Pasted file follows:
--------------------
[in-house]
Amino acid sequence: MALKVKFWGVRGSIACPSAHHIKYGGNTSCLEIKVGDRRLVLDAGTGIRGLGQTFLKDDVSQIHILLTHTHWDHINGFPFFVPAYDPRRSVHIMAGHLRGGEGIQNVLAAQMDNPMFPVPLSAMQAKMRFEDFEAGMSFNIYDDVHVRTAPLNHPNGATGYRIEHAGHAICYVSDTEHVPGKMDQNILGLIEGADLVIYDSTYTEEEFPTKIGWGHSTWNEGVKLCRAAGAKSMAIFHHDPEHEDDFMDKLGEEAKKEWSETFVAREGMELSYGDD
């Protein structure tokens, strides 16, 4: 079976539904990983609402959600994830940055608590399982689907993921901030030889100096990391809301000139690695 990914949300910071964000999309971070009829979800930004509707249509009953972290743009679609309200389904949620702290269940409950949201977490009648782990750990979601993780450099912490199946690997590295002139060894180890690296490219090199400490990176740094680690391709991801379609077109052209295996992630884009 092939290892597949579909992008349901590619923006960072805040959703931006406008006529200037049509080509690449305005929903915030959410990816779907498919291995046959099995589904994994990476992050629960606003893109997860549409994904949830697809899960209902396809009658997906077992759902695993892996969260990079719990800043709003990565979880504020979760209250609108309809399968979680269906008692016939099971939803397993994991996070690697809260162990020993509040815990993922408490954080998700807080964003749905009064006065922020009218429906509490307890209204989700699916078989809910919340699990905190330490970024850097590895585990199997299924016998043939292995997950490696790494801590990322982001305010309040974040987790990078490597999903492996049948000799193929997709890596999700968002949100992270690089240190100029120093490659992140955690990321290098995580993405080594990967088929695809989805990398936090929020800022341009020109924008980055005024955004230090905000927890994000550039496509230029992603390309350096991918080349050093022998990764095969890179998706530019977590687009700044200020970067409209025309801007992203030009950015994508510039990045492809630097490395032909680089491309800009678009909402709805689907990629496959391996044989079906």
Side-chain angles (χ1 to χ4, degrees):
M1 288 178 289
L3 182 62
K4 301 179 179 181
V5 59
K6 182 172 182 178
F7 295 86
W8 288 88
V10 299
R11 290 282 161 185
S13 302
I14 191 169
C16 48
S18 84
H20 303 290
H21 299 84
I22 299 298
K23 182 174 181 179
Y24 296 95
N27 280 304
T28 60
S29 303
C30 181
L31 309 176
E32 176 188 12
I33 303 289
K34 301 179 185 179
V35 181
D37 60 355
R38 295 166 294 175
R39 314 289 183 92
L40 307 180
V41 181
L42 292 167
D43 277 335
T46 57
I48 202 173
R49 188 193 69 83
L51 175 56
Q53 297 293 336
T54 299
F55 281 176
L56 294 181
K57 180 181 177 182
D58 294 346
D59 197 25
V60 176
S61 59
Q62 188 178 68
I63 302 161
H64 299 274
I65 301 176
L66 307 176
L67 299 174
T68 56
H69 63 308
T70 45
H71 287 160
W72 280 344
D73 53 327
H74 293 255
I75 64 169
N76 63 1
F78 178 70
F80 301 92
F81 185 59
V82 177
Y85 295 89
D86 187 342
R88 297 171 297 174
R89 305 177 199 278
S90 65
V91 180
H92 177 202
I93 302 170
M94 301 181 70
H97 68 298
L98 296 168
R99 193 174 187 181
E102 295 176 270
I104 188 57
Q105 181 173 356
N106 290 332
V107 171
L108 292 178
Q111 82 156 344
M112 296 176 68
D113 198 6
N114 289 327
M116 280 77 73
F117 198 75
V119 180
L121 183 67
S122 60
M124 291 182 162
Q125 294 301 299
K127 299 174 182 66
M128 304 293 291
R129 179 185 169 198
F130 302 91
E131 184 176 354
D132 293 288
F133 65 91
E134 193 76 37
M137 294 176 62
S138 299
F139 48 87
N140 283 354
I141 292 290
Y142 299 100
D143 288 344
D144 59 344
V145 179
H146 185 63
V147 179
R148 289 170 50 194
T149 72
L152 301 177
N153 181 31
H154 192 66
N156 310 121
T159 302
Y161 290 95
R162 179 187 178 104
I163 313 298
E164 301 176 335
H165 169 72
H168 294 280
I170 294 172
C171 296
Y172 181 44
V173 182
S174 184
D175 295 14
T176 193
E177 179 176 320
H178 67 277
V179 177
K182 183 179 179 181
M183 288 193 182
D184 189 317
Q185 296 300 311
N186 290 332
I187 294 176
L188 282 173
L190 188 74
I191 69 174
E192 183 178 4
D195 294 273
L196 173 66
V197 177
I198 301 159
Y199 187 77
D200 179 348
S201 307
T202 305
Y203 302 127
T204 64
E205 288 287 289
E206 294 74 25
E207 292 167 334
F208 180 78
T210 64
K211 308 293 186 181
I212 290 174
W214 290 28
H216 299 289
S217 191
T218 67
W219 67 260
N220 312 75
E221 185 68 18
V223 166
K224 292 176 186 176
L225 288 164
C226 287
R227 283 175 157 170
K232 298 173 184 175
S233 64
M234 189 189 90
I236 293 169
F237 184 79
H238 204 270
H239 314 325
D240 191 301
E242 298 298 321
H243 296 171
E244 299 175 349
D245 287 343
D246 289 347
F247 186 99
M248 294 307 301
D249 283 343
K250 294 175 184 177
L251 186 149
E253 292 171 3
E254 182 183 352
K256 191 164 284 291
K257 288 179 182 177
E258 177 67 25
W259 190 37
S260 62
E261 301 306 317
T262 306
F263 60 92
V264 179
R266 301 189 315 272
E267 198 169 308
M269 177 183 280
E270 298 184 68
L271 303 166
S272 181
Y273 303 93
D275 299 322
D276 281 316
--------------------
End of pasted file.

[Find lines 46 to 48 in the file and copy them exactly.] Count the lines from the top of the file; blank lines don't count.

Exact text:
L56 294 181
K57 180 181 177 182
D58 294 346